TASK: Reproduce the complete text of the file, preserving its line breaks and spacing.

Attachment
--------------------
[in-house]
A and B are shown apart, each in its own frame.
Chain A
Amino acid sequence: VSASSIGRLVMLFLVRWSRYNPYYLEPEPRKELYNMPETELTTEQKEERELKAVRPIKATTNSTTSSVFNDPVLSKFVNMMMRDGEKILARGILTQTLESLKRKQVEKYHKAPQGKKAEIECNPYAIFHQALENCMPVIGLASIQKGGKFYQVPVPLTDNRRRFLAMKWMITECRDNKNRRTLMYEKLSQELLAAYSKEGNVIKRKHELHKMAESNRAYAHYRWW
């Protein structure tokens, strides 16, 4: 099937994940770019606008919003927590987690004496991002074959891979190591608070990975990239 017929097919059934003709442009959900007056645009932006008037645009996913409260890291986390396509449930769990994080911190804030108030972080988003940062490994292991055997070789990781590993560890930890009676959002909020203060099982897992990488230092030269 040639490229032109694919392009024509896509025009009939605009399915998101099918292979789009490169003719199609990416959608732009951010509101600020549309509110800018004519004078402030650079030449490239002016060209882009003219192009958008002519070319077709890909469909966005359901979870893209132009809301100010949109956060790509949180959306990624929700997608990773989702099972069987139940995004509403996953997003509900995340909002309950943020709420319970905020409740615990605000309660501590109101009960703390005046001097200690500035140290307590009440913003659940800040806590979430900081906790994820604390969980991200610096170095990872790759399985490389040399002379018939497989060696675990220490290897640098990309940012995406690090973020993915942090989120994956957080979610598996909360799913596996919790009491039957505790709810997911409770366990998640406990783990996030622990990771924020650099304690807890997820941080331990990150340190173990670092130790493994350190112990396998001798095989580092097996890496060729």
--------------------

[in-house]
A and B are shown apart, each in its own frame.
Chain A
Amino acid sequence: VSASSIGRLVMLFLVRWSRYNPYYLEPEPRKELYNMPETELTTEQKEERELKAVRPIKATTNSTTSSVFNDPVLSKFVNMMMRDGEKILARGILTQTLESLKRKQVEKYHKAPQGKKAEIECNPYAIFHQALENCMPVIGLASIQKGGKFYQVPVPLTDNRRRFLAMKWMITECRDNKNRRTLMYEKLSQELLAAYSKEGNVIKRKHELHKMAESNRAYAHYRWW
């Protein structure tokens, strides 16, 4: 099937994940770019606008919003927590987690004496991002074959891979190591608070990975990239 017929097919059934003709442009959900007056645009932006008037645009996913409260890291986390396509449930769990994080911190804030108030972080988003940062490994292991055997070789990781590993560890930890009676959002909020203060099982897992990488230092030269 040639490229032109694919392009024509896509025009009939605009399915998101099918292979789009490169003719199609990416959608732009951010509101600020549309509110800018004519004078402030650079030449490239002016060209882009003219192009958008002519070319077709890909469909966005359901979870893209132009809301100010949109956060790509949180959306990624929700997608990773989702099972069987139940995004509403996953997003509900995340909002309950943020709420319970905020409740615990605000309660501590109101009960703390005046001097200690500035140290307590009440913003659940800040806590979430900081906790994820604390969980991200610096170095990872790759399985490389040399002379018939497989060696675990220490290897640098990309940012995406690090973020993915942090989120994956957080979610598996909360799913596996919790009491039957505790709810997911409770366990998640406990783990996030622990990771924020650099304690807890997820941080331990990150340190173990670092130790493994350190112990396998001798095989580092097996890496060729």